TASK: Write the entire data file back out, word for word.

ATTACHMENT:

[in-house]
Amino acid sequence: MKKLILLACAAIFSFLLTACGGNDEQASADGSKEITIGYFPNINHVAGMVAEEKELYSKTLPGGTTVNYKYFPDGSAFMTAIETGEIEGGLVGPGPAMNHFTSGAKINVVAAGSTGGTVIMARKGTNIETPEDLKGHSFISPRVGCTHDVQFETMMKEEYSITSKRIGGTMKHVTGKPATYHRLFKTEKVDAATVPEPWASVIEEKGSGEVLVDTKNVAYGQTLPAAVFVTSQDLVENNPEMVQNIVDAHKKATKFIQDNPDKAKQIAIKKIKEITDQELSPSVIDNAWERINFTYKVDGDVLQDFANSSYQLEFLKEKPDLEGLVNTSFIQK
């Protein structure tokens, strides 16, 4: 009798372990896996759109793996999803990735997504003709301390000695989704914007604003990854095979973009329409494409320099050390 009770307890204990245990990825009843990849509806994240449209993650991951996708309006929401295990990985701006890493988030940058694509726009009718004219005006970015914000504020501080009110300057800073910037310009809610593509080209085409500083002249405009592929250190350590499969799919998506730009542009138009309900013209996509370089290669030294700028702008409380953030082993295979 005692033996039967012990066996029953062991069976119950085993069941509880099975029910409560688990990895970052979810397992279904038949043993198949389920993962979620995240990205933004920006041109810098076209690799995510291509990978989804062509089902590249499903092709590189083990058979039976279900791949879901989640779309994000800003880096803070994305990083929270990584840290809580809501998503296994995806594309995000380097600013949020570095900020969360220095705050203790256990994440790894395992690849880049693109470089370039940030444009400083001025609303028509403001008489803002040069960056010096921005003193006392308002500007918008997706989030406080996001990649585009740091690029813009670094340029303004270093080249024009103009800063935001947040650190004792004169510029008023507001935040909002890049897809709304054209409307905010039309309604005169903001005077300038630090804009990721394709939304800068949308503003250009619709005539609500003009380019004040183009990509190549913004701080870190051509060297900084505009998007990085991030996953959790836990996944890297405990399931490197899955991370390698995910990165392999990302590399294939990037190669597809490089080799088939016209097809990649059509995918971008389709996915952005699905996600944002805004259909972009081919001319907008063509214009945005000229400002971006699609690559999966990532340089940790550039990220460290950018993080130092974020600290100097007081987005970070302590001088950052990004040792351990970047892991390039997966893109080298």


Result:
[in-house]
Amino acid sequence: MKKLILLACAAIFSFLLTACGGNDEQASADGSKEITIGYFPNINHVAGMVAEEKELYSKTLPGGTTVNYKYFPDGSAFMTAIETGEIEGGLVGPGPAMNHFTSGAKINVVAAGSTGGTVIMARKGTNIETPEDLKGHSFISPRVGCTHDVQFETMMKEEYSITSKRIGGTMKHVTGKPATYHRLFKTEKVDAATVPEPWASVIEEKGSGEVLVDTKNVAYGQTLPAAVFVTSQDLVENNPEMVQNIVDAHKKATKFIQDNPDKAKQIAIKKIKEITDQELSPSVIDNAWERINFTYKVDGDVLQDFANSSYQLEFLKEKPDLEGLVNTSFIQK
């Protein structure tokens, strides 16, 4: 009798372990896996759109793996999803990735997504003709301390000695989704914007604003990854095979973009329409494409320099050390 009770307890204990245990990825009843990849509806994240449209993650991951996708309006929401295990990985701006890493988030940058694509726009009718004219005006970015914000504020501080009110300057800073910037310009809610593509080209085409500083002249405009592929250190350590499969799919998506730009542009138009309900013209996509370089290669030294700028702008409380953030082993295979 005692033996039967012990066996029953062991069976119950085993069941509880099975029910409560688990990895970052979810397992279904038949043993198949389920993962979620995240990205933004920006041109810098076209690799995510291509990978989804062509089902590249499903092709590189083990058979039976279900791949879901989640779309994000800003880096803070994305990083929270990584840290809580809501998503296994995806594309995000380097600013949020570095900020969360220095705050203790256990994440790894395992690849880049693109470089370039940030444009400083001025609303028509403001008489803002040069960056010096921005003193006392308002500007918008997706989030406080996001990649585009740091690029813009670094340029303004270093080249024009103009800063935001947040650190004792004169510029008023507001935040909002890049897809709304054209409307905010039309309604005169903001005077300038630090804009990721394709939304800068949308503003250009619709005539609500003009380019004040183009990509190549913004701080870190051509060297900084505009998007990085991030996953959790836990996944890297405990399931490197899955991370390698995910990165392999990302590399294939990037190669597809490089080799088939016209097809990649059509995918971008389709996915952005699905996600944002805004259909972009081919001319907008063509214009945005000229400002971006699609690559999966990532340089940790550039990220460290950018993080130092974020600290100097007081987005970070302590001088950052990004040792351990970047892991390039997966893109080298």